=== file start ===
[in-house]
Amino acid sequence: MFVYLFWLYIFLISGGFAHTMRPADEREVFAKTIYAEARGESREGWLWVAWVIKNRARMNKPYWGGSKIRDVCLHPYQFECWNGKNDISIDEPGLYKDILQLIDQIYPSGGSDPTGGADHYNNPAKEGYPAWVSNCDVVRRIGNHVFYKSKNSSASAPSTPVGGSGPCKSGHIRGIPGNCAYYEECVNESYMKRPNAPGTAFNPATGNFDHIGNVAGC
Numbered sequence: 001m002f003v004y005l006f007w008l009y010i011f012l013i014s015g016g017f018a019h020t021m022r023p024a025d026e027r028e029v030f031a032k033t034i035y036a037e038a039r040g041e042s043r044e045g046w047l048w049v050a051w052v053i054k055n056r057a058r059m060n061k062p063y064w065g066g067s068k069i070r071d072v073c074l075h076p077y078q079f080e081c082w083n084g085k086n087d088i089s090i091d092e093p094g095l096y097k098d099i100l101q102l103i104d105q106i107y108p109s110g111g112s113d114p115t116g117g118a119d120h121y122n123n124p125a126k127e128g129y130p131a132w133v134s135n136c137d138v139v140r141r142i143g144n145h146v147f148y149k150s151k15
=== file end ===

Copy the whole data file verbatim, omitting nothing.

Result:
[in-house]
Amino acid sequence: MFVYLFWLYIFLISGGFAHTMRPADEREVFAKTIYAEARGESREGWLWVAWVIKNRARMNKPYWGGSKIRDVCLHPYQFECWNGKNDISIDEPGLYKDILQLIDQIYPSGGSDPTGGADHYNNPAKEGYPAWVSNCDVVRRIGNHVFYKSKNSSASAPSTPVGGSGPCKSGHIRGIPGNCAYYEECVNESYMKRPNAPGTAFNPATGNFDHIGNVAGC
Numbered sequence: 001m002f003v004y005l006f007w008l009y010i011f012l013i014s015g016g017f018a019h020t021m022r023p024a025d026e027r028e029v030f031a032k033t034i035y036a037e038a039r040g041e042s043r044e045g046w047l048w049v050a051w052v053i054k055n056r057a058r059m060n061k062p063y064w065g066g067s068k069i070r071d072v073c074l075h076p077y078q079f080e081c082w083n084g085k086n087d088i089s090i091d092e093p094g095l096y097k098d099i100l101q102l103i104d105q106i107y108p109s110g111g112s113d114p115t116g117g118a119d120h121y122n123n124p125a126k127e128g129y130p131a132w133v134s135n136c137d138v139v140r141r142i143g144n145h146v147f148y149k150s151k15